‘Transformers’ gets a great savior in ‘Bumblebee’

This image released by Paramount Pictures shows Hailee Steinfeld as Charlie with Bumblebee in a scene from "Bumblebee." (Paramount Pictures via AP)

The “Transformers” movie universe has lately been leaky and rusted out. It’s become shorthand for bad blockbuster moviemaking — male-driven, mindless spectaculars with sophomoric humor. How can it be saved? Just hand the keys over to some talented women.

“Bumblebee,” the sixth film in the series, is a stand-alone origin story written with disarming skill by Christina Hodson and starring the gifted Hailee Steinfeld. It’s a charming tale of a girl and her adorable car-robot, flipping the script on the tired, bloated franchise. While hard-core fan-boys may complain it’s too soft, this film may turn out to be the perfect way to save “Transformers.” Could Bumblebee rescue Optimus Prime this time?

“Bumblebee “ is set outside San Francisco in 1987, where the loyal B-127 Autobot has been sent to protect Earth and prepare the groundwork for the franchise (He’ll befriend Shia LaBeouf at the start of the first film.) Badly hurt while battling two evil tracking Decepticons, he loses his voice and memories. Then he disguises himself as a vintage Volkswagen Bug and waits for deliverance in a salvage yard (not unlike the entire “Transformers” universe).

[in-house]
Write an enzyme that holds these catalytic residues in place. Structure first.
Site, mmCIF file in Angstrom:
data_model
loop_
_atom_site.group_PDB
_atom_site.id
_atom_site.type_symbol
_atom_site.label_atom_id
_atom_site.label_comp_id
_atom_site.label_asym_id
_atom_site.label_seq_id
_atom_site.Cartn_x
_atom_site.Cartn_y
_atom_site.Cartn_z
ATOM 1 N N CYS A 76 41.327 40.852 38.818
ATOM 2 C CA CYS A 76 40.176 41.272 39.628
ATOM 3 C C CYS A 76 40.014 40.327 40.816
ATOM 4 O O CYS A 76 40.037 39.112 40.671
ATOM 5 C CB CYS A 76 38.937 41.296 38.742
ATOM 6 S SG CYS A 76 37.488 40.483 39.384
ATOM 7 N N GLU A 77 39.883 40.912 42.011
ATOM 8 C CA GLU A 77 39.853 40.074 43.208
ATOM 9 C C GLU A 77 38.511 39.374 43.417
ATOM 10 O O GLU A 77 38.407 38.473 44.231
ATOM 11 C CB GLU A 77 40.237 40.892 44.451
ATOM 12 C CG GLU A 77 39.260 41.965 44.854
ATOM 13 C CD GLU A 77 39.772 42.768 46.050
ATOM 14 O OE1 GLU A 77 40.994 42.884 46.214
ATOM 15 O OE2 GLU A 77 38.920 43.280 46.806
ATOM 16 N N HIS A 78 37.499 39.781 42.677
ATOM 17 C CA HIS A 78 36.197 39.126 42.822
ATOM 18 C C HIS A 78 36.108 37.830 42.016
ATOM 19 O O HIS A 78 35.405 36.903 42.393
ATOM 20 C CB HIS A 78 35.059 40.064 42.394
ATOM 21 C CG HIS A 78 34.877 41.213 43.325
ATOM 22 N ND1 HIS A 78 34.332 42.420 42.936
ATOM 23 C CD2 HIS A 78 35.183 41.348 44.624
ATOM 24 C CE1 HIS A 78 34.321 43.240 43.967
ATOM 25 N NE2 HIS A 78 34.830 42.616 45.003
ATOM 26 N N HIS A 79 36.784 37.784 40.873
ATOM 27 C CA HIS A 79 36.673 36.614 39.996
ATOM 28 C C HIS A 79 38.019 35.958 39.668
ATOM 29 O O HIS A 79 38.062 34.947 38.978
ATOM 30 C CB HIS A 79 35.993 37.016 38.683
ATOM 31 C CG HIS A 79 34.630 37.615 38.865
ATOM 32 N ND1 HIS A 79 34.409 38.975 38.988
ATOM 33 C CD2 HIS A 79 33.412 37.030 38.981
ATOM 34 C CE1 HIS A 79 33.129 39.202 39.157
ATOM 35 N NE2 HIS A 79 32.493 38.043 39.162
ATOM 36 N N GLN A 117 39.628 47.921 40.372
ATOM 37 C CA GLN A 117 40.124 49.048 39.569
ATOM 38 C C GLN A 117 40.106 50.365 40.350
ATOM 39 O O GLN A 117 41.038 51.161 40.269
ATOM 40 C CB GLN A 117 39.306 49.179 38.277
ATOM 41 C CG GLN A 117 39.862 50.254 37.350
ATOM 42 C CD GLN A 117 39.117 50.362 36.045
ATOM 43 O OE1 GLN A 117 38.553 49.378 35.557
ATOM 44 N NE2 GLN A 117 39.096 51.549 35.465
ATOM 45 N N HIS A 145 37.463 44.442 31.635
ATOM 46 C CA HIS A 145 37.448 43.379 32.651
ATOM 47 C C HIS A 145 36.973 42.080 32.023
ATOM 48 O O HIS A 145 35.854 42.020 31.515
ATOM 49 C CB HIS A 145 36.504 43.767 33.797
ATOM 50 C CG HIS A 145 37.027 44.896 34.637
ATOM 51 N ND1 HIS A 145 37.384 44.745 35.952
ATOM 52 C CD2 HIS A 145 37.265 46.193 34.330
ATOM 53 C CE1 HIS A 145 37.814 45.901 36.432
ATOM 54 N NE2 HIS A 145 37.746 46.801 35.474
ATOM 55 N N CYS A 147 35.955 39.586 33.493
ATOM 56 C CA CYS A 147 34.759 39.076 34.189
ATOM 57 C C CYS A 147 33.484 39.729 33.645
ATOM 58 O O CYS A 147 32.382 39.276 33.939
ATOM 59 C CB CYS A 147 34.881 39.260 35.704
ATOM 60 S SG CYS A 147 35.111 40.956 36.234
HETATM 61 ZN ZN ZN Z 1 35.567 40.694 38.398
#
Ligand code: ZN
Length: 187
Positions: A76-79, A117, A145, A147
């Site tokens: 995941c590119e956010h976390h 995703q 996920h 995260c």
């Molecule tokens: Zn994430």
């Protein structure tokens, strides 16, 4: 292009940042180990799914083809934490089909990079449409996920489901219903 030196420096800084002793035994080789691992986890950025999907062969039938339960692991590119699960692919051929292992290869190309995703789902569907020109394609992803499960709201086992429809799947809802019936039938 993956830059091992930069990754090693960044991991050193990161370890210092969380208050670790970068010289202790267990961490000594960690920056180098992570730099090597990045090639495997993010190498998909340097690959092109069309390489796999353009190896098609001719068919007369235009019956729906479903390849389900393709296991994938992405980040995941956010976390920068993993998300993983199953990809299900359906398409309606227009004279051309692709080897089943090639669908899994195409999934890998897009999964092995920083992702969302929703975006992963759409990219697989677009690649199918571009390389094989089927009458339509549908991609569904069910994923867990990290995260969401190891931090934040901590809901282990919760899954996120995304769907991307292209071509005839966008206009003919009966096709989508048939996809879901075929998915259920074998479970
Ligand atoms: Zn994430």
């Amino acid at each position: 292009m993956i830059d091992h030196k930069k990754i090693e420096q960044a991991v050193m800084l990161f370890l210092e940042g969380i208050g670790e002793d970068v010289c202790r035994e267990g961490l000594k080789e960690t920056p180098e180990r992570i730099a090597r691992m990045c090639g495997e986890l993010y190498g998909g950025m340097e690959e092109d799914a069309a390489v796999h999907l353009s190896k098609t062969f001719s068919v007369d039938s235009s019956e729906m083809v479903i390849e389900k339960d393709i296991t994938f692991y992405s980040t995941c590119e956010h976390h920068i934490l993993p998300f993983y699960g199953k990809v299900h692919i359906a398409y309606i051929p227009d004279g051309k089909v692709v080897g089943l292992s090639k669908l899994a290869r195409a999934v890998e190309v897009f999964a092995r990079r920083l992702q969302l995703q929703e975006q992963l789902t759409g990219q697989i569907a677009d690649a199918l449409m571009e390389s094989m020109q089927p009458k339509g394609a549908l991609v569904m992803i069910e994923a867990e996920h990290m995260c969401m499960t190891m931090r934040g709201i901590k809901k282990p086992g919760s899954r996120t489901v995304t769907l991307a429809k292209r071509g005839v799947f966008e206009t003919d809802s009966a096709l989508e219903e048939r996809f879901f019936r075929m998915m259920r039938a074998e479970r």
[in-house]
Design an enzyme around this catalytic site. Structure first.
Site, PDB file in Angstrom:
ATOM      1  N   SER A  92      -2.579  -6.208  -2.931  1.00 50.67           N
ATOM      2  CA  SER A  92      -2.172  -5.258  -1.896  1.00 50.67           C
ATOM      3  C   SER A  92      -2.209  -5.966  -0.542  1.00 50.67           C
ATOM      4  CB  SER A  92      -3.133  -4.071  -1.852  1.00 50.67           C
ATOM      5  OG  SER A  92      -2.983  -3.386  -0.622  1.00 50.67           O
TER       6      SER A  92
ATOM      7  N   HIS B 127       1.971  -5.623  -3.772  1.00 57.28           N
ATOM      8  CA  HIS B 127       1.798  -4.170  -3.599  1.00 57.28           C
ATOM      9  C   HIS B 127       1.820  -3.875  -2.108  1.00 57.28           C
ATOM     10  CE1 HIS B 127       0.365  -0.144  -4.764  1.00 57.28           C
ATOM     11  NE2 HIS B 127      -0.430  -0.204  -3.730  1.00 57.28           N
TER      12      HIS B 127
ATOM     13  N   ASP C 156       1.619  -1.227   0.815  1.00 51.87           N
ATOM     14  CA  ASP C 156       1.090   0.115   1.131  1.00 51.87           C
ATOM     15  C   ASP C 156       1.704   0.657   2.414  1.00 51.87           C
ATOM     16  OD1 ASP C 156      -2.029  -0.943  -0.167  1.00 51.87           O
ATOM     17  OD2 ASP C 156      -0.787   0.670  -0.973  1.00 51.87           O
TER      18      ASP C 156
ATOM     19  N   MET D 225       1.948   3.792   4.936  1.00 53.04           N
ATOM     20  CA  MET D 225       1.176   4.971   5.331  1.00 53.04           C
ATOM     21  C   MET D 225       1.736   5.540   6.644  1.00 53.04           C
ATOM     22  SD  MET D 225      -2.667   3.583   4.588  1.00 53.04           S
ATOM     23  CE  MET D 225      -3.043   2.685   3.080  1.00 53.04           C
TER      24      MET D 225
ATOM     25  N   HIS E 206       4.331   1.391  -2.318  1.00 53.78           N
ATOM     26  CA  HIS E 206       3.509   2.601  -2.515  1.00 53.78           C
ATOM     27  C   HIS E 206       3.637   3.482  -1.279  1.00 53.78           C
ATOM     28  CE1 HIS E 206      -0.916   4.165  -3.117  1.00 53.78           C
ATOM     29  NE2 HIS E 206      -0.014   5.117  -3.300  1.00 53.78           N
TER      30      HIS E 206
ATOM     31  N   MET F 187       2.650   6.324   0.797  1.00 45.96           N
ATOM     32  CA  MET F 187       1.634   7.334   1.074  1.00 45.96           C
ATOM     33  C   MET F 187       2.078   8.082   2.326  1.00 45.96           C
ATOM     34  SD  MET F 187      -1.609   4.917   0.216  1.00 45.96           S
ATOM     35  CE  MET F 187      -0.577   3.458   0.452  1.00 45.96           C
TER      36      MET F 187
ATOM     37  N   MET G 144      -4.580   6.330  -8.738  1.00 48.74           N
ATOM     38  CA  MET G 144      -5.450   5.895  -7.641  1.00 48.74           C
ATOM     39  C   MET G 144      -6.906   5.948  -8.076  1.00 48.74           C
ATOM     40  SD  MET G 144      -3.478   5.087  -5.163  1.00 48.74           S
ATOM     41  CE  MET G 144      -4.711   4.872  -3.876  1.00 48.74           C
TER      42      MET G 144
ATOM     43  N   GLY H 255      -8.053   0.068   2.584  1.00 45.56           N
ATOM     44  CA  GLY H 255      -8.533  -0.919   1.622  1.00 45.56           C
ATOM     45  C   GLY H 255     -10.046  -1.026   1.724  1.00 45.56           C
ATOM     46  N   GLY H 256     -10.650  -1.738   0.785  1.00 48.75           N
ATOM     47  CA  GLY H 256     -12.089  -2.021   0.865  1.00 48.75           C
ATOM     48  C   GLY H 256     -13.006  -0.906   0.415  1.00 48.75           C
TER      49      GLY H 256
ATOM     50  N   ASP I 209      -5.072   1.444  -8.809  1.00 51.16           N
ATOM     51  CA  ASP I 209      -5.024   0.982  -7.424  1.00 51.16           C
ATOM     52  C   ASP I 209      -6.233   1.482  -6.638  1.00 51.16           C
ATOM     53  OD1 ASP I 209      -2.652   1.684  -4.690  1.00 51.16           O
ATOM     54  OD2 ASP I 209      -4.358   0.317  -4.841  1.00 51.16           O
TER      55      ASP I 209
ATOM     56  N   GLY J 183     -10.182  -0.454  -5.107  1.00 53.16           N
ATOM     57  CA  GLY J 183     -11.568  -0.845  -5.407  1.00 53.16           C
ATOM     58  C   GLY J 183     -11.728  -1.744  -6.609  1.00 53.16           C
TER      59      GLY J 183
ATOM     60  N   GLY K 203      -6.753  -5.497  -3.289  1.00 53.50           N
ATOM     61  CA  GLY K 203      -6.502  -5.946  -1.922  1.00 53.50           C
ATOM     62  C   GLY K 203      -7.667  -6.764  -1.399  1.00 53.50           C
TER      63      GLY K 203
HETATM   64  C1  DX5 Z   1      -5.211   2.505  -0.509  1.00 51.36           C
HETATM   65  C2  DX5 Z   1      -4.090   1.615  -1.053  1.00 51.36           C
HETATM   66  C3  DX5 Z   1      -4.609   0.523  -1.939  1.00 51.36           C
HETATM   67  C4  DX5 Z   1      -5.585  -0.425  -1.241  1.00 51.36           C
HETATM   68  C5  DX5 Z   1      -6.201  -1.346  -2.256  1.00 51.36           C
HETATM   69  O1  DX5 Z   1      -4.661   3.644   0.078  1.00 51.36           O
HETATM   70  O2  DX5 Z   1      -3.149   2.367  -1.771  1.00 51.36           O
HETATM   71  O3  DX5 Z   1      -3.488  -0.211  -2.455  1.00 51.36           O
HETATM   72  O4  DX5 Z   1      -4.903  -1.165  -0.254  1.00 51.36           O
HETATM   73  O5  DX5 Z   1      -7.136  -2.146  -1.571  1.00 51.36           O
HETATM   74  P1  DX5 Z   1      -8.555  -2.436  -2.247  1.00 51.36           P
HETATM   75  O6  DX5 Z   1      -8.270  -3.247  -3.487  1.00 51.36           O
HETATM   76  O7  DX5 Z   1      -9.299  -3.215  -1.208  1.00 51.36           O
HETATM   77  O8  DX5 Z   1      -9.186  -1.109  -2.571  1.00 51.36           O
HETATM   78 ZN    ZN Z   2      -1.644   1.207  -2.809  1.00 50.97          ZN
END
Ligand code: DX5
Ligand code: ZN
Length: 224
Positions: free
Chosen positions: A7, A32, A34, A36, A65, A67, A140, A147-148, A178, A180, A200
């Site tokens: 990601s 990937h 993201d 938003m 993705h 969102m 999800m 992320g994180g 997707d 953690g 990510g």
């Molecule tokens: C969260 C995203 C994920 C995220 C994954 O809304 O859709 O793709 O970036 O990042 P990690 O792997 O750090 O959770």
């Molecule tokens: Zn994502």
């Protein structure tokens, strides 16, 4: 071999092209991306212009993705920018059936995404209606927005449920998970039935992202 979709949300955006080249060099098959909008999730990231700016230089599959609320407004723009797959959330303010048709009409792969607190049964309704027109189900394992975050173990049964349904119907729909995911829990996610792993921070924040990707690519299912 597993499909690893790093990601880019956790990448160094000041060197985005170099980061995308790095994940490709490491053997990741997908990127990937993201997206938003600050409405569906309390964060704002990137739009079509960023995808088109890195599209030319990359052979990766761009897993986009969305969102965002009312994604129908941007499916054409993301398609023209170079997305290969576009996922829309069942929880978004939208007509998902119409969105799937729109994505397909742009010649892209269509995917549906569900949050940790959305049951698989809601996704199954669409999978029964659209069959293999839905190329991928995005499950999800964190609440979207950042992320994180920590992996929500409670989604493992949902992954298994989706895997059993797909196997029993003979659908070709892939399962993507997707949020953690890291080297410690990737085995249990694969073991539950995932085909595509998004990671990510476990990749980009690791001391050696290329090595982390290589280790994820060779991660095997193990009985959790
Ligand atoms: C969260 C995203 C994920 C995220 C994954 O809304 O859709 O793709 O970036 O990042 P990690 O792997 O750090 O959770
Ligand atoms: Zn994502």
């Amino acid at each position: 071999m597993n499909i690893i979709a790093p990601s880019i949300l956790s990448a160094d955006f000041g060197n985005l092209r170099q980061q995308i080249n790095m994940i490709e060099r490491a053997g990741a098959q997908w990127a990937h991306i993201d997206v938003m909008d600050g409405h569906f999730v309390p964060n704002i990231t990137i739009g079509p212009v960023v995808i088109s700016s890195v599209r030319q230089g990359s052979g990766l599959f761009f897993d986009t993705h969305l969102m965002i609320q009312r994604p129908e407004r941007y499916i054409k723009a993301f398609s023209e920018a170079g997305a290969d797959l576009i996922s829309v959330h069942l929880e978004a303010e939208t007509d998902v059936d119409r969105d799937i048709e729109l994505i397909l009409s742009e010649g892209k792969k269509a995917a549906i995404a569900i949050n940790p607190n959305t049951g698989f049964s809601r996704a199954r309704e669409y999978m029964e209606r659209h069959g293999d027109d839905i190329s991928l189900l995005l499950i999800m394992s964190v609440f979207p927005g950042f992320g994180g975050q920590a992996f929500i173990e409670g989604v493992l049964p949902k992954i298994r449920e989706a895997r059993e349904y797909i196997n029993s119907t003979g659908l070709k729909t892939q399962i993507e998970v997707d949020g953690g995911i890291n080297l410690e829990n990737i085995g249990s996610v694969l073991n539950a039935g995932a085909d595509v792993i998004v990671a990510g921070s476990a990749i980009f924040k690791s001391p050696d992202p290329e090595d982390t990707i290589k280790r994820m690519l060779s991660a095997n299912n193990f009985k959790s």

He’s discovered by goth-y misfit Charlie Watson (Steinfeld), who is fond of car repair, Motorhead T-shirts and listening to The Smiths. She is still mourning her dead dad and feels generally unheard. For her 18th birthday, Charlie drives off with the junked VW that has a whole bunch of secret options.

Despite discovering that the car is, in fact, an alien, she feels a kinship to this mute metal giant with expressive eyes, calling him Bumblebee. He, too, is unheard, but learns to communicate using word snippets he hears on the radio. She warns that bad guys are sure to come and take him away, but she will protect him. “People can be terrible about things they don’t understand,” she tells him.

Thus starts a sort of “E.T.” for 2018, in which Charlie and Bumblebee outfox another pair of Decepticons, the entire U.S. Army (led by a mechanical John Cena) and her distracted mom and stepdad. If the film seems to have that kid-sized, wistful ’80s Steven Spielberg feel, it might be because Spielberg serves as an executive producer. (Franchise helmer Michael Bay has been exiled from the director’s chair to the executive suite.)

“Bumblebee,” a Paramount Pictures release, is rated PG-13 for “sequences of sci-fi action violence.” Running time: 119 minutes. Three stars out of four.